You conducted the world premiere of James DeMars' Tito's Say in 1989 with the Arizona Choral Arts Society, and now, 21 years later, you're presenting the work at Carnegie Hall. How would you describe this work to those who aren't familiar with it?
JG: I fell in love with this work the first time I saw Jim's score in 1989 and my enthusiasm for it has continued to grow over the years. Tito's Say is a four movement cantata featuring texts by the acclaimed Arizona poet, Alberto (Tito) Rios, who is known for an insightful "magical realism" infused with the border town imagery of his youth. The poems provide four aspects of love and life; from the gritty twist of a cheating spouse to the poignant reflections of old age, the sensual flirtations of tango and finally the imagined childhood love of his grandparents Ventura and Clemente. Jim DeMars' music is spectacular, sexy and a lot of fun. The singers in the NYCS are loving the piece and we can't wait to share it with our audience!
What is one of the most memorable choral programs you've conducted, and why?
I am often asked a similar question, "What is your favorite piece of music to conduct?" My answer to that question truthfully is whatever I happen to be working on at the time! I am blessed to have had the opportunity to conduct many of the great works in the choral/orchestral canon in performances that have included singers that I count among my closest friends. That some of these concerts have taken place in Carnegie Hall, and in Notre Dame or Chartres in France, or in San Marco in Venice, makes these memories even more special. Every such experience is unique and precious to me.
Describe a classical performance you've attended that you will never forget.
JG: My wife and I heard a magnificent Mahler "Resurrection Symphony" in Carnegie Hall just last month, whetting our appetite for our upcoming performances of that great score in Mexico in July. Performances of the Beethoven Missa Solemnis and Berlioz Requiem conducted by Robert Shaw are seared into my mind. One of the most moving performances I have ever witnessed was the beautiful children of the Young People's Chorus of New York City singing "New York New York" on the stage of Carnegie Hall in December of 2001 before a wounded and fragile audience of New Yorkers.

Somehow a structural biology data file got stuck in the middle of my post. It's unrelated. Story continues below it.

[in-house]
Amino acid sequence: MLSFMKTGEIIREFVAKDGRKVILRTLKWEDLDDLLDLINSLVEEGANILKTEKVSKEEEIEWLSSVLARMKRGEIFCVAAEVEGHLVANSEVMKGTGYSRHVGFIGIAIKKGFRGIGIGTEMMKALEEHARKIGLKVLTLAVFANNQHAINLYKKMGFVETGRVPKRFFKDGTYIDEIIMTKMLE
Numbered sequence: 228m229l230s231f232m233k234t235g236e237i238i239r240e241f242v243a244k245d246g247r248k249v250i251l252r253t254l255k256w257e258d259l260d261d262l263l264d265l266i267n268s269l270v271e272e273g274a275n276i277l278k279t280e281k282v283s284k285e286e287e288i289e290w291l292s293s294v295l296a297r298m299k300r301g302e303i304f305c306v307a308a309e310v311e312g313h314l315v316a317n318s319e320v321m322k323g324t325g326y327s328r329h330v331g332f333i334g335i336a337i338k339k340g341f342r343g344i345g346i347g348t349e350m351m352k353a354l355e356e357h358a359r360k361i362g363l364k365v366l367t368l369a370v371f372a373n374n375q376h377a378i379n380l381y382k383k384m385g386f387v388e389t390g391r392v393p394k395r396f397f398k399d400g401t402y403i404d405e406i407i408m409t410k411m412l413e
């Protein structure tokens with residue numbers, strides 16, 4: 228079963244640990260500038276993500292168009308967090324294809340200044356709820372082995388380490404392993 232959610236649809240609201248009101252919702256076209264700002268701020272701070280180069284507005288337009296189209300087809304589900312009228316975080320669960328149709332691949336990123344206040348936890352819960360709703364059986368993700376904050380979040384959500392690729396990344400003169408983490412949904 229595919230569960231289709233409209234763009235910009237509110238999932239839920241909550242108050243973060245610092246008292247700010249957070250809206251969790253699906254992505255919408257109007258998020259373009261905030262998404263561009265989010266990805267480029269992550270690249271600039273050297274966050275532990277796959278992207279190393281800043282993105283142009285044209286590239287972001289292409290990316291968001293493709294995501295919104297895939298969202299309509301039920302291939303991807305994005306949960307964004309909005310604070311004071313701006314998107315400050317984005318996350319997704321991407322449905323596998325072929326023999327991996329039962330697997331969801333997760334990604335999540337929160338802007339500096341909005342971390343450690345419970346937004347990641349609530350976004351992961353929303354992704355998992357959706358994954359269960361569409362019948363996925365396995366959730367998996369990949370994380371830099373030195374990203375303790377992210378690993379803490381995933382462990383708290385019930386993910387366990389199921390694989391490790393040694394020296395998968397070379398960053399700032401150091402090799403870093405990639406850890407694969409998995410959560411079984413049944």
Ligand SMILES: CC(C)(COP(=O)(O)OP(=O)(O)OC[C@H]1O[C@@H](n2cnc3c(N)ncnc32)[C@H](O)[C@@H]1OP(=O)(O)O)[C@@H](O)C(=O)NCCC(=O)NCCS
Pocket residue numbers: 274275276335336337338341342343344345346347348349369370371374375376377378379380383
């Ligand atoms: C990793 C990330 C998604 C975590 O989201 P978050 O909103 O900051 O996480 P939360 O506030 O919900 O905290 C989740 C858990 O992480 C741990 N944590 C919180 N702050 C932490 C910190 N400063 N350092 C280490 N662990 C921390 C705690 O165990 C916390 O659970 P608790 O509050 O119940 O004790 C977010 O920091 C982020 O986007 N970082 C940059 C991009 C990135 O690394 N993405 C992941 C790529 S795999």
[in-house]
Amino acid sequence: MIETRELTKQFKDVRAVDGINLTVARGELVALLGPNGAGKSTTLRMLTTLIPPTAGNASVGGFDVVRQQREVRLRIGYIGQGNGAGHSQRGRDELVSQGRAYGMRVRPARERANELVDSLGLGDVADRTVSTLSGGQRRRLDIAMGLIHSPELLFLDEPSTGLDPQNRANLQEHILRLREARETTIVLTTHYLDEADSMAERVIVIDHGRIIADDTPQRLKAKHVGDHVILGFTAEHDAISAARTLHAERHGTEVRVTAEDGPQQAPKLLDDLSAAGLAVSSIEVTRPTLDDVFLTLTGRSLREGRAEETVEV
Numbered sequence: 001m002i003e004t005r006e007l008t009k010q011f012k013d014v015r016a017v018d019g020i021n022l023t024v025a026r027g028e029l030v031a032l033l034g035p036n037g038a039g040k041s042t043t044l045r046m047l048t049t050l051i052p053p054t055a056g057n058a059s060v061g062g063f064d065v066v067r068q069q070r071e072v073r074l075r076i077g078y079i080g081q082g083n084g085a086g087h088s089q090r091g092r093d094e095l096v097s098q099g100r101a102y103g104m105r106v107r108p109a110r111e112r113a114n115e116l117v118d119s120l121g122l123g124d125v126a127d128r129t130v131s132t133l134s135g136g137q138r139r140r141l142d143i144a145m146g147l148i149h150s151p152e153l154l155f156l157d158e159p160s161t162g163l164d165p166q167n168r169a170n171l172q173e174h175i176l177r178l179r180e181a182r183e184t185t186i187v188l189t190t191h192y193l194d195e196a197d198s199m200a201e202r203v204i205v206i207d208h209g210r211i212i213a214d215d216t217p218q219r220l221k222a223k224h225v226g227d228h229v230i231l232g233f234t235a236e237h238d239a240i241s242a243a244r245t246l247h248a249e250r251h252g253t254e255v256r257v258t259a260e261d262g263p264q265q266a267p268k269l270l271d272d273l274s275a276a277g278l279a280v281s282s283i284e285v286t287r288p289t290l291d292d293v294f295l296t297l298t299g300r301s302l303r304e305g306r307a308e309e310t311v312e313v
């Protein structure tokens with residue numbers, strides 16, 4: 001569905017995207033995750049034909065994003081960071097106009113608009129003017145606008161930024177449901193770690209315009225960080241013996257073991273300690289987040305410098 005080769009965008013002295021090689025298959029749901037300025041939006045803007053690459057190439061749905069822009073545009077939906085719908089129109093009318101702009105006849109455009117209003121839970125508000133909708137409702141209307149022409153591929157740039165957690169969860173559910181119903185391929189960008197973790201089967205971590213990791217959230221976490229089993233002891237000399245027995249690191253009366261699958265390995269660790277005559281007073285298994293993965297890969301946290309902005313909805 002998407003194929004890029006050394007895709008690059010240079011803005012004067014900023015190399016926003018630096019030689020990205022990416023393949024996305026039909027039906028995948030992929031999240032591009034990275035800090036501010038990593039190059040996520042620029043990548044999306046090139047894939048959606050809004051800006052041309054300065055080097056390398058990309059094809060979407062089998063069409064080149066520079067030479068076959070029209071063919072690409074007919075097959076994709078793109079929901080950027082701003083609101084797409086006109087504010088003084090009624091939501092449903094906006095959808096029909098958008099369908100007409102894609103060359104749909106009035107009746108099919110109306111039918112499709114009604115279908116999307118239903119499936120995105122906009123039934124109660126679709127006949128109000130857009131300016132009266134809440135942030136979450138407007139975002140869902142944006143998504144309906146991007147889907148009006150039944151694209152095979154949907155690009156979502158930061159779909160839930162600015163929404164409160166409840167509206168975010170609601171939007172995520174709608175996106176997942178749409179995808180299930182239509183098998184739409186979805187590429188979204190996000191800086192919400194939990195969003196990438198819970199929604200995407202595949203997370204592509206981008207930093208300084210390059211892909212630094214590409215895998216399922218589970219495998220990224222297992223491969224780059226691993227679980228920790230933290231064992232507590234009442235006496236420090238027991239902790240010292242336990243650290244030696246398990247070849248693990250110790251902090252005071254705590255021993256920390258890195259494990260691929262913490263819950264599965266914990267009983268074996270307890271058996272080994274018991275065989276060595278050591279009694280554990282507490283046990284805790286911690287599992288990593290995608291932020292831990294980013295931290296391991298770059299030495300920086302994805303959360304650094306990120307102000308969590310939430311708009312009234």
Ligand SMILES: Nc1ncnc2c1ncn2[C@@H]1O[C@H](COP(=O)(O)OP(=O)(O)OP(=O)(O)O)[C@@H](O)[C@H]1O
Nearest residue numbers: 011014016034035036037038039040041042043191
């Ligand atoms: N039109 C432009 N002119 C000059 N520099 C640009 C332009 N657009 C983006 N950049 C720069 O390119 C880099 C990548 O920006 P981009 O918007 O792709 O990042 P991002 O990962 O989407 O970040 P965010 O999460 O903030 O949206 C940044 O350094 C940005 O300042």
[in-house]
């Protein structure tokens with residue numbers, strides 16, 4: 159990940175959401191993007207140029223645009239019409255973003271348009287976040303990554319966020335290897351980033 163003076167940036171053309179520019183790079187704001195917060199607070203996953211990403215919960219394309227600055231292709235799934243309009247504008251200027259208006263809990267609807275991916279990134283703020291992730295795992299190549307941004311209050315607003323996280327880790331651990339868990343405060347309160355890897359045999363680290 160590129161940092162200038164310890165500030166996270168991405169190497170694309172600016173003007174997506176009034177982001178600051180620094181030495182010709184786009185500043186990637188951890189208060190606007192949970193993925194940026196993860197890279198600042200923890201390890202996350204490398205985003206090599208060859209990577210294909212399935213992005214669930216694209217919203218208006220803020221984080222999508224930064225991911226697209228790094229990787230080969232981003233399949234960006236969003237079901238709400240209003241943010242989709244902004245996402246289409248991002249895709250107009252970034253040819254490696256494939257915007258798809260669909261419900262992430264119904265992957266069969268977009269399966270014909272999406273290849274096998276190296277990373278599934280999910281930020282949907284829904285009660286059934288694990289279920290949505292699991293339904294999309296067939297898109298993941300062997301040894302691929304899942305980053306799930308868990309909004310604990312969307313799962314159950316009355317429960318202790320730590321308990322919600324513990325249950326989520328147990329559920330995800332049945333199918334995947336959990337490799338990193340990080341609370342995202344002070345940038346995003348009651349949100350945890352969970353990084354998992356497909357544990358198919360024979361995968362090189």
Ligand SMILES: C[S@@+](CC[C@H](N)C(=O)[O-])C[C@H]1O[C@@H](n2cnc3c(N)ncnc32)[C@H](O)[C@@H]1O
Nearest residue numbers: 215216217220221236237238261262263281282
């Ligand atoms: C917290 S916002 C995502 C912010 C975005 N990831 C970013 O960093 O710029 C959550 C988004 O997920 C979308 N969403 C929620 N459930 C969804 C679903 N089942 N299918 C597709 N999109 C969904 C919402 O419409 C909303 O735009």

Any specific recording, of any genre, that you couldn't live without?
JG: I cannot imagine a world without the sound of people singing and I love to hear it live. I feel less passionately about recordings because they never change. When I listen to recordings for anything other than research, I gravitate toward classic rock and roll.
If you were not a conductor, what profession would you see yourself in?
JG: I love to cook for my family and friends, so I imagine I could enjoy cooking for small groups of people. I supported myself for a while doing apartment renovation work and actually enjoyed that a lot, especially the demolition part!
MAY 1, 2010 8:00 PM AT CARNEGIE HALL
New York Choral Society
John Daly Goodwin, conductor
Joyce El Khoury, soprano
Elizabeth Batton, mezzo-soprano
Michele Angelini, tenor
Daniel Mobbs, bass-baritone
BERNSTEIN: Chichester Psalms
JAMES DEMARS: Tito's Say
Tickets, priced $30-$80, are available at the Carnegie Hall Box Office at 57th St & 7th Ave, by calling 212-247-7800 or visiting www.carnegiehall.org